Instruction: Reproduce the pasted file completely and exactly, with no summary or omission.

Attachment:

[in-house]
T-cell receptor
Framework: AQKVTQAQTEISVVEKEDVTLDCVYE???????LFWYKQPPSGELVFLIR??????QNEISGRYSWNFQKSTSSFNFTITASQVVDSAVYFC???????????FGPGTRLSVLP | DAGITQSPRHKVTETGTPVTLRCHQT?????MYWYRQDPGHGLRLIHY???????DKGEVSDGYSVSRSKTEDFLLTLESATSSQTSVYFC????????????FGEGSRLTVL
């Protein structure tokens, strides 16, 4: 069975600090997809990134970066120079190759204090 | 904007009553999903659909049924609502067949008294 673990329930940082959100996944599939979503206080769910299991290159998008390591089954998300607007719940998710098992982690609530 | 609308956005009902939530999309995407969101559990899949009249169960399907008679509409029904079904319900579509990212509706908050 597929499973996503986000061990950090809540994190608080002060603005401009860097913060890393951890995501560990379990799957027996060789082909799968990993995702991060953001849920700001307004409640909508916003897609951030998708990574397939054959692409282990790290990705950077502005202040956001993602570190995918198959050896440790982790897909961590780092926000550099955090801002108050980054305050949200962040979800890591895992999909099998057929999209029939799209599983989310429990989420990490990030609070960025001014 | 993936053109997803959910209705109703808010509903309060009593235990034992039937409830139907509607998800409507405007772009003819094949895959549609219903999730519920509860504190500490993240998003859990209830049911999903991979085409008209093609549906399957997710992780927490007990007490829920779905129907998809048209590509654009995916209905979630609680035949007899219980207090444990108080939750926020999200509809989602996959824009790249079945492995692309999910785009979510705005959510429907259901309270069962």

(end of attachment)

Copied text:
[in-house]
T-cell receptor
Framework: AQKVTQAQTEISVVEKEDVTLDCVYE???????LFWYKQPPSGELVFLIR??????QNEISGRYSWNFQKSTSSFNFTITASQVVDSAVYFC???????????FGPGTRLSVLP | DAGITQSPRHKVTETGTPVTLRCHQT?????MYWYRQDPGHGLRLIHY???????DKGEVSDGYSVSRSKTEDFLLTLESATSSQTSVYFC????????????FGEGSRLTVL
């Protein structure tokens, strides 16, 4: 069975600090997809990134970066120079190759204090 | 904007009553999903659909049924609502067949008294 673990329930940082959100996944599939979503206080769910299991290159998008390591089954998300607007719940998710098992982690609530 | 609308956005009902939530999309995407969101559990899949009249169960399907008679509409029904079904319900579509990212509706908050 597929499973996503986000061990950090809540994190608080002060603005401009860097913060890393951890995501560990379990799957027996060789082909799968990993995702991060953001849920700001307004409640909508916003897609951030998708990574397939054959692409282990790290990705950077502005202040956001993602570190995918198959050896440790982790897909961590780092926000550099955090801002108050980054305050949200962040979800890591895992999909099998057929999209029939799209599983989310429990989420990490990030609070960025001014 | 993936053109997803959910209705109703808010509903309060009593235990034992039937409830139907509607998800409507405007772009003819094949895959549609219903999730519920509860504190500490993240998003859990209830049911999903991979085409008209093609549906399957997710992780927490007990007490829920779905129907998809048209590509654009995916209905979630609680035949007899219980207090444990108080939750926020999200509809989602996959824009790249079945492995692309999910785009979510705005959510429907259901309270069962």